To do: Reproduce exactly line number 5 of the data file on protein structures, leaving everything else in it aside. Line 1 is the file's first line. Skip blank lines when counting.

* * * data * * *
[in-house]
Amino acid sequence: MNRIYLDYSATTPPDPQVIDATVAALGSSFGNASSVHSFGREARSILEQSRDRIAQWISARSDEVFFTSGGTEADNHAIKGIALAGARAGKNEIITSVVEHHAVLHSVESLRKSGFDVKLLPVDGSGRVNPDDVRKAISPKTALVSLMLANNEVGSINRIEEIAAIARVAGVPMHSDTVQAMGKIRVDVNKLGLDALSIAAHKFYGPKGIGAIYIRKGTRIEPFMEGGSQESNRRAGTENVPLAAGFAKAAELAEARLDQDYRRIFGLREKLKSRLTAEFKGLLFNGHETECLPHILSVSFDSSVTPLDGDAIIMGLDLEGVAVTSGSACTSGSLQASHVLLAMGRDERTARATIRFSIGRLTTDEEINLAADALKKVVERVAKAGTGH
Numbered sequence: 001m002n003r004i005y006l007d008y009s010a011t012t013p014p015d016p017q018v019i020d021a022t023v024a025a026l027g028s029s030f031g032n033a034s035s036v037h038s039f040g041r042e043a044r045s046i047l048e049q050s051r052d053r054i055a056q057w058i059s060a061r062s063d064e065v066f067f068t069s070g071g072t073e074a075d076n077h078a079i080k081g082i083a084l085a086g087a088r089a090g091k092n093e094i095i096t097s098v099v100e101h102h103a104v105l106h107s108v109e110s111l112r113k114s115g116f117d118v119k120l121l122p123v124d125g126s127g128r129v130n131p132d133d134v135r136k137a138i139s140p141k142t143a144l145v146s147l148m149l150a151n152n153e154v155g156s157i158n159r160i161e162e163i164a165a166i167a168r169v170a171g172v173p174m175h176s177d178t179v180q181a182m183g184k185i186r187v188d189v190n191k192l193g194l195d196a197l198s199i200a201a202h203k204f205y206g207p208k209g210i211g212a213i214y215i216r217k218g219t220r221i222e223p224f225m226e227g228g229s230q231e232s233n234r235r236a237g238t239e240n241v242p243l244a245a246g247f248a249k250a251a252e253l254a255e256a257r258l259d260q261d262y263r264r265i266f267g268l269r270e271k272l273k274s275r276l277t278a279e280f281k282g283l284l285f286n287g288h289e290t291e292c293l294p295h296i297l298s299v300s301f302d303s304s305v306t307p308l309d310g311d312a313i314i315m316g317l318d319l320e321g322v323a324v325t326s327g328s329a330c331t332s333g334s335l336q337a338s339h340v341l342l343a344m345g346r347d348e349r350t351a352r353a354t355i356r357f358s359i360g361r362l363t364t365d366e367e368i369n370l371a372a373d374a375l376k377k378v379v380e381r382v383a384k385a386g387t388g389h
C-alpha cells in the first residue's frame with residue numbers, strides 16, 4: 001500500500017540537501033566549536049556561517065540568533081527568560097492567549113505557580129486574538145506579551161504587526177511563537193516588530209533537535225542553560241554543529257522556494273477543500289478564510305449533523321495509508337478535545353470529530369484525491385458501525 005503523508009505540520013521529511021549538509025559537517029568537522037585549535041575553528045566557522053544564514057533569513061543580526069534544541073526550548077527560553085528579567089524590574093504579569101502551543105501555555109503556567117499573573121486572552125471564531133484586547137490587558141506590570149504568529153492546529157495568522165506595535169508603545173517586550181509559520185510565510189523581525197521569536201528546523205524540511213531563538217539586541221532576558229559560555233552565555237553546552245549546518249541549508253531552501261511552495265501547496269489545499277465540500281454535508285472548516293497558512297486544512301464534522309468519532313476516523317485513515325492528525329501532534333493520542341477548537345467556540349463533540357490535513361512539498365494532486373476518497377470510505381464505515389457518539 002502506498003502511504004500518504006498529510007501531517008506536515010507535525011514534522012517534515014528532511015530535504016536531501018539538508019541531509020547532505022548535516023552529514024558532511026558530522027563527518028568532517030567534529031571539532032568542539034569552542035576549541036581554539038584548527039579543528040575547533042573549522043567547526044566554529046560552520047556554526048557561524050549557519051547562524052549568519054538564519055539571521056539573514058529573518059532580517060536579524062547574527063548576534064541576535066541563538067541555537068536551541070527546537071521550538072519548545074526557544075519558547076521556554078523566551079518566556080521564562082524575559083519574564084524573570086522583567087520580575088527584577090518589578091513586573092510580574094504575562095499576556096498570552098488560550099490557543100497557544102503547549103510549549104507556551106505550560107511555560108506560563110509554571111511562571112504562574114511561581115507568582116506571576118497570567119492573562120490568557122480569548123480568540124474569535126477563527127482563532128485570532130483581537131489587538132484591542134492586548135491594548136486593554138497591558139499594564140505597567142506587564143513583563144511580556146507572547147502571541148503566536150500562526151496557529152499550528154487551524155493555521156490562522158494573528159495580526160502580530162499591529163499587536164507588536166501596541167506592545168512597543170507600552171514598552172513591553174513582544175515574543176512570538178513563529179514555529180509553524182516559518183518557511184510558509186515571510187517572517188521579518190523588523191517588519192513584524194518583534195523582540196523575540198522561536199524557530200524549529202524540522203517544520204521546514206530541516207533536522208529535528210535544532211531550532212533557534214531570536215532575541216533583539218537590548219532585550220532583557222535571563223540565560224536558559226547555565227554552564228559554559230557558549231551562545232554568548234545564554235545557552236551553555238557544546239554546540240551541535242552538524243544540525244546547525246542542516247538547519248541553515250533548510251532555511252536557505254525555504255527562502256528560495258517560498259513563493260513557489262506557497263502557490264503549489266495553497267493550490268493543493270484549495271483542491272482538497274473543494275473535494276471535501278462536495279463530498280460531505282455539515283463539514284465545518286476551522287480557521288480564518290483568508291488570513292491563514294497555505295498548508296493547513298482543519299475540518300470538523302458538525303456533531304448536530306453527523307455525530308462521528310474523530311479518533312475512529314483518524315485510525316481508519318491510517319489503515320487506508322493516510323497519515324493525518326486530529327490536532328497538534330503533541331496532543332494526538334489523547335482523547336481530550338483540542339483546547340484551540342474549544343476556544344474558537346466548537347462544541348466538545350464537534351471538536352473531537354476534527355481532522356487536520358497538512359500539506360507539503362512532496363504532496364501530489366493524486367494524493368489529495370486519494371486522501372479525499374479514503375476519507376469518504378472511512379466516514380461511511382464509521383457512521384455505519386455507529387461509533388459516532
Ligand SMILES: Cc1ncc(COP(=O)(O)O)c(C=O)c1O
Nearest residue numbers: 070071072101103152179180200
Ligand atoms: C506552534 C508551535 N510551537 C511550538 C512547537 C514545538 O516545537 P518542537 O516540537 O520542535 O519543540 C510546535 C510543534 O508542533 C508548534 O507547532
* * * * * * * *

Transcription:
Ligand SMILES: Cc1ncc(COP(=O)(O)O)c(C=O)c1O